The beautiful goal

Americans are naturally skeptical of soccer. It’s too slow, it’s not physical enough, it’s too simplistic. But for Americans that watched the final U.S. match of Group Play in the 2010 World Cup, the game captured our imagination.

We saw that soccer is the world’s game. The United States, facing elimination, playing the team from Algeria. The fates of England and Slovenia hanging in the balance as well. This doesn’t happen in any other sport.

We saw that the beauty of its simplicity, the basic components of ball and players in infinite combinations as the U.S. pounded away at the Algerian defense trying to get the goal to break the nil-nil tie and allow the U.S. to survive in the tournament.

Finally, we felt the emotion that soccer so readily produces, the building of tension and anticipation for 90 minutes as our team skated ever closer to elimination, and the floodgate of emotions that is released in one amazing moment behind a beautiful goal. The U.S., through sheer perseverance, wins in the last.

Now on to the Knockout round, with lots more work to do for the U.S. team . .

You can check out the game recap, if you missed it.

Update: I like this video compilation of U.S. crowd reactions to the goal, it really captures what I’m talking about. Is there anything better than cheering for your country?

CaptainU wins the Chicago New Venture Challenge

Captain U LogoCaptain U, a site co-founded by my good friend and ex-bandmate Avi Stopper, finished first in the running at the University of Chicago Graduate School of Business’s New Venture Challenge today. The New Venture Challenge is one of the more prestigious new venture competitions in the U.S., where the final 10 teams present and are judged by a pretty brutal panel of 15-20 high profile venture capitalists. $50K is up for grabs to the top teams. Captain U is also a finalist the MBA Jungle biz plan competition.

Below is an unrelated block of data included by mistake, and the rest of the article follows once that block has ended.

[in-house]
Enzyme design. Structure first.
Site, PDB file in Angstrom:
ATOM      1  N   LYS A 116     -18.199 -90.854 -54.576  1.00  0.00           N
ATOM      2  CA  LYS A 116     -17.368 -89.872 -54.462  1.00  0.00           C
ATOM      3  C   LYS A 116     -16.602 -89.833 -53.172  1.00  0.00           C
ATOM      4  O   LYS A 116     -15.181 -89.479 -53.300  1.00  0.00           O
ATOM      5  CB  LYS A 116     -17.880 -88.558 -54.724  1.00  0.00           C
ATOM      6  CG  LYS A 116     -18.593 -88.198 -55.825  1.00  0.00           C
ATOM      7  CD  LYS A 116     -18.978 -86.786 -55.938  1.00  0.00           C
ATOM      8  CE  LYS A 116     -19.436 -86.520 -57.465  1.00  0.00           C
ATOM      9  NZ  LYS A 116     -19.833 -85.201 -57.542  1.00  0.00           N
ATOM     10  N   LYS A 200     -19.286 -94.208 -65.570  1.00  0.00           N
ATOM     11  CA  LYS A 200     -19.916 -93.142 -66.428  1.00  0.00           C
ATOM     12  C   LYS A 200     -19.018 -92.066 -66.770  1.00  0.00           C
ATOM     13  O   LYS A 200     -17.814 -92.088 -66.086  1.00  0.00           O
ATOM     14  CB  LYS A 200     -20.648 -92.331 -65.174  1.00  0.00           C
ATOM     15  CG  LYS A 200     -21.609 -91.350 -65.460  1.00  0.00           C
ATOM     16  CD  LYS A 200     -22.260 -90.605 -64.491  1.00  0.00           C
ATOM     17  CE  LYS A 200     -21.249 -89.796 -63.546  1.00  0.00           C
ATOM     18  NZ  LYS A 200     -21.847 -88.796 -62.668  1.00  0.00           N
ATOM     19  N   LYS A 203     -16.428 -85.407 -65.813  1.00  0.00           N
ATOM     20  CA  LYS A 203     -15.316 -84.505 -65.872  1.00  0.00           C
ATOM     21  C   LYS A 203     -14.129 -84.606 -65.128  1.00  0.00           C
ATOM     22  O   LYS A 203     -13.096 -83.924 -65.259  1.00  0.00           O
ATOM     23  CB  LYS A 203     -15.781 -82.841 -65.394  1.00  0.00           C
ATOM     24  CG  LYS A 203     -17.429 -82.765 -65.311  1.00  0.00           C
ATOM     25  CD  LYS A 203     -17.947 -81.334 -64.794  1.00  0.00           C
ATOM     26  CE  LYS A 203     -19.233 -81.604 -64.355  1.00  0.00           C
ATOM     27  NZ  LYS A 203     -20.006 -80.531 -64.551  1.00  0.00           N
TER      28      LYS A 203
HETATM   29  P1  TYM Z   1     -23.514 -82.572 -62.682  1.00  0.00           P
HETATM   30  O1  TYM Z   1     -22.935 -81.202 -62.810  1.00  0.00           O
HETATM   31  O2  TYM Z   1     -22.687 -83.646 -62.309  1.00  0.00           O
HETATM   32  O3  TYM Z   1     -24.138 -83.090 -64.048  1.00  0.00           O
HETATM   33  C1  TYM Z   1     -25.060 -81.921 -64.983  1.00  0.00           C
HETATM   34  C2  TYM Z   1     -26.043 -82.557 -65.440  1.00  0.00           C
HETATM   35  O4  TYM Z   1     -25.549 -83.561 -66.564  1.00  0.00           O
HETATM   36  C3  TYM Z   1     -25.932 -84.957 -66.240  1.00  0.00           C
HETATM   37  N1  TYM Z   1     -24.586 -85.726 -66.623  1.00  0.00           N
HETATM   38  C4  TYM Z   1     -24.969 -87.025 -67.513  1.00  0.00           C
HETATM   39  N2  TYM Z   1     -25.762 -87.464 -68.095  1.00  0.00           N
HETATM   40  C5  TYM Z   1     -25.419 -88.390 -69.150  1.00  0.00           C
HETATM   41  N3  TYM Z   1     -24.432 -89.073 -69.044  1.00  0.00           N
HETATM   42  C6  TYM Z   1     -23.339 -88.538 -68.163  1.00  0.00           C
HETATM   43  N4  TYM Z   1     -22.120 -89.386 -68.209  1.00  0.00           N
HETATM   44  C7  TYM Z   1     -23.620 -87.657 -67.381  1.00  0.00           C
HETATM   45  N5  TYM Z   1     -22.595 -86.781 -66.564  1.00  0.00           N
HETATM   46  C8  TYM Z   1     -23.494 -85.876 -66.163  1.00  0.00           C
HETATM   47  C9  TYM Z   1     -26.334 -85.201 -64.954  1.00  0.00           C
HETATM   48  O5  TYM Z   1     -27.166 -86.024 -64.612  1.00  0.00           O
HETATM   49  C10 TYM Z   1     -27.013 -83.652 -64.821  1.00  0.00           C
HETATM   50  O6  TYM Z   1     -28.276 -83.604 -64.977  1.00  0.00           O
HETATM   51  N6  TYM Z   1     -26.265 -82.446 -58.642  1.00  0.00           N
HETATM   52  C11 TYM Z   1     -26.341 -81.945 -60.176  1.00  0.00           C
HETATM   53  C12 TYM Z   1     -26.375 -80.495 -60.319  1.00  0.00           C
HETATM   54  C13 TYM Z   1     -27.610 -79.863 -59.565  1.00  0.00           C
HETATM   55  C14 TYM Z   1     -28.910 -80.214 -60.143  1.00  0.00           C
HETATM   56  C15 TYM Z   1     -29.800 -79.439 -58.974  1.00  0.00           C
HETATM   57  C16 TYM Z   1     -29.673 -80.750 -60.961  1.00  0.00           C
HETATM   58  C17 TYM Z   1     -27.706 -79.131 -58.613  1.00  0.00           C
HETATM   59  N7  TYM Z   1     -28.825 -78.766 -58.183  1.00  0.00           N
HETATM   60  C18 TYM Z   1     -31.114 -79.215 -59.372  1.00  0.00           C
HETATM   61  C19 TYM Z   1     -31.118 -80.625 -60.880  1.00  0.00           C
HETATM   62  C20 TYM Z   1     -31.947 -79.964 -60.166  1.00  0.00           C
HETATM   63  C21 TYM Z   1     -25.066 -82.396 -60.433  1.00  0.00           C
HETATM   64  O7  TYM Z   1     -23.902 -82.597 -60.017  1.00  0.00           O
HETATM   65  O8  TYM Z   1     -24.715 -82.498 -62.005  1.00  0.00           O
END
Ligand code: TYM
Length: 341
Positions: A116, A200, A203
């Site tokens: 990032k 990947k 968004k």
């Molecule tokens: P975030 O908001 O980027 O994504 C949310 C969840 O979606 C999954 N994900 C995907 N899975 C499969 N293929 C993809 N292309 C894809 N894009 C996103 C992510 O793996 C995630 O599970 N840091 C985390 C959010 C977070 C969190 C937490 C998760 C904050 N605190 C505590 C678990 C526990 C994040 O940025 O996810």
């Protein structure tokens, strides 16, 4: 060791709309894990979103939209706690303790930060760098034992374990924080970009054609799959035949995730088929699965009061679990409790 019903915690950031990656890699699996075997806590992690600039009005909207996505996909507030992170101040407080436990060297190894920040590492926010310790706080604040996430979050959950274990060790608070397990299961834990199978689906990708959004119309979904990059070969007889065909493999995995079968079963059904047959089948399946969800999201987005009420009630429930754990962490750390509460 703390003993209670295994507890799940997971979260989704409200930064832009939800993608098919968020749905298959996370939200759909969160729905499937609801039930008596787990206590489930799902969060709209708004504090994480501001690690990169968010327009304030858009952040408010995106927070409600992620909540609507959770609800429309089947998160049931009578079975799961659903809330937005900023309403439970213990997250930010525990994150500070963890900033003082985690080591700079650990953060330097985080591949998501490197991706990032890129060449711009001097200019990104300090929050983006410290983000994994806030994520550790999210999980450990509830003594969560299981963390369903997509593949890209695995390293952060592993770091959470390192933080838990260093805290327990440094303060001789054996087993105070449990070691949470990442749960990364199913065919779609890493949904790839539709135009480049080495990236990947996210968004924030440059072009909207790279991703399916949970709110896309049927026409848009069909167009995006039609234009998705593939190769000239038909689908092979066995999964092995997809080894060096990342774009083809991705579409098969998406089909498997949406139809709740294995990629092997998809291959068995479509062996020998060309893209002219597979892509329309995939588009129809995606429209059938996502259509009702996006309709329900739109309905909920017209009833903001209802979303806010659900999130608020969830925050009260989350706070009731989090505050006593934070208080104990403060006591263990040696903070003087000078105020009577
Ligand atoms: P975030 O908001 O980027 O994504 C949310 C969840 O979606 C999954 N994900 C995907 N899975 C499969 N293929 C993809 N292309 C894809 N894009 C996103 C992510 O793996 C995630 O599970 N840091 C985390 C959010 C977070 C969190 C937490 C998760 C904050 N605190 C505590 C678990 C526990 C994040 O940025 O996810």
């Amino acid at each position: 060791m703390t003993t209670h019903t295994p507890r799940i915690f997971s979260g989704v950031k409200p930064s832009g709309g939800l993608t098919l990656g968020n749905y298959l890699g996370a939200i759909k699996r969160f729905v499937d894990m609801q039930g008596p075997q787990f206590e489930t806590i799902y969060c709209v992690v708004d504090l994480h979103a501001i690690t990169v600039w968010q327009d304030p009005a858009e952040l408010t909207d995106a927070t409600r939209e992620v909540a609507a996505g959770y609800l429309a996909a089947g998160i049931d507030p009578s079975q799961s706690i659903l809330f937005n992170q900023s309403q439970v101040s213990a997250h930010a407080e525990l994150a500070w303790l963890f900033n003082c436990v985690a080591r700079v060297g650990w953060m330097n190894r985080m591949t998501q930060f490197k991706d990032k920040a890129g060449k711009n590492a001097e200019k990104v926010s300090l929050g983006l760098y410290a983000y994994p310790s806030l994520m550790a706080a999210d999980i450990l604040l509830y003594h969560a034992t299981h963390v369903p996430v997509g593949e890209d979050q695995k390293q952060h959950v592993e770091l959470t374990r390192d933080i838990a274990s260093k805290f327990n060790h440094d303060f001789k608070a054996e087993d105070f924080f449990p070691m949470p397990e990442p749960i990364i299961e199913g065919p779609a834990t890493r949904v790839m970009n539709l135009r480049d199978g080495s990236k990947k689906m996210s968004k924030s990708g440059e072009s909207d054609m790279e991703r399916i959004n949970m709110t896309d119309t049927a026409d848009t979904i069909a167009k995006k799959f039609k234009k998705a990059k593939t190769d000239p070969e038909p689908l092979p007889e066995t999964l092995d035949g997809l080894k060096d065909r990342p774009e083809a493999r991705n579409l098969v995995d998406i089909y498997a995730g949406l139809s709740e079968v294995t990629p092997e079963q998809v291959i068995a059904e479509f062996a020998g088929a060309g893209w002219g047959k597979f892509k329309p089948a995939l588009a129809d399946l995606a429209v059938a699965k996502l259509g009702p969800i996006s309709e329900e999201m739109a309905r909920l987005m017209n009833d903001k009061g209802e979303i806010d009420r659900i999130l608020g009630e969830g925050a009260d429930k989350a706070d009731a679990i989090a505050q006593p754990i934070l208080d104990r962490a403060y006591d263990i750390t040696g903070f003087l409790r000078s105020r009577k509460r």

Captain U is a social networking site that allows high school soccer players to network (and be recruited) by college coaches. It launched last year and is picking up great momentum! Congratulations Avi and team. Gooooooaaaaaaaaalllllll!!

Bill Parcells leadership gems

Bill ParcellsGetting an MBA will teach you a lot of important things about management and leadership, but it’s important to balance out the lessons you take from academics with lessons from the good old School of Hard Knocks. I can think of very few people (other than my grandfather) who might be more qualified to teach at that school than Bill Parcells, legendary football coach and most recently coach of America’s Team, the Dallas Cowboys.

The other night in the Monday Night Football pregame Ed Werder brought up the fact that Bill had given Tony Romo (current Cowboys’ quarterback and former Parcells player) 11 lessons on leadership that Tony still has posted in his locker. In a rare glimpse behind the curtain, Bill stared straight into the camera and broke all those lessons down:

  1. Ignore other opinions. Outsiders (spouses, friends, media) don’t know what’s happening here.
  2. Clowns can’t run a huddle.
  3. Fat quarterbacks can’t avoid the rush. Train.
  4. Know the job cold. Study.
  5. Know your own players.
  6. Be the same guy every day.
  7. Throwing the ball away is a good play. (Avoid disastrous turnovers and other mistakes.)
  8. Learn to manage the game. Never take your eye off the clock.
  9. Get your team in the end zone. (Individual statistics don’t matter.)
  10. Don’t panic. Our ship can’t have a panic button.
  11. Don’t be a celebrity quarterback. We need battlefield commanders.

These are as applicable to the Fortune 500 as they are to the football field. I think my favorite is “clowns can’t run a huddle,” though they are all great.

After Bill had finished, all Chris Berman could say was “wow.” And the audience knew for just a minute what it would be like to be coached by one of the greats.

Watch it

The glory of football season, and Nike ads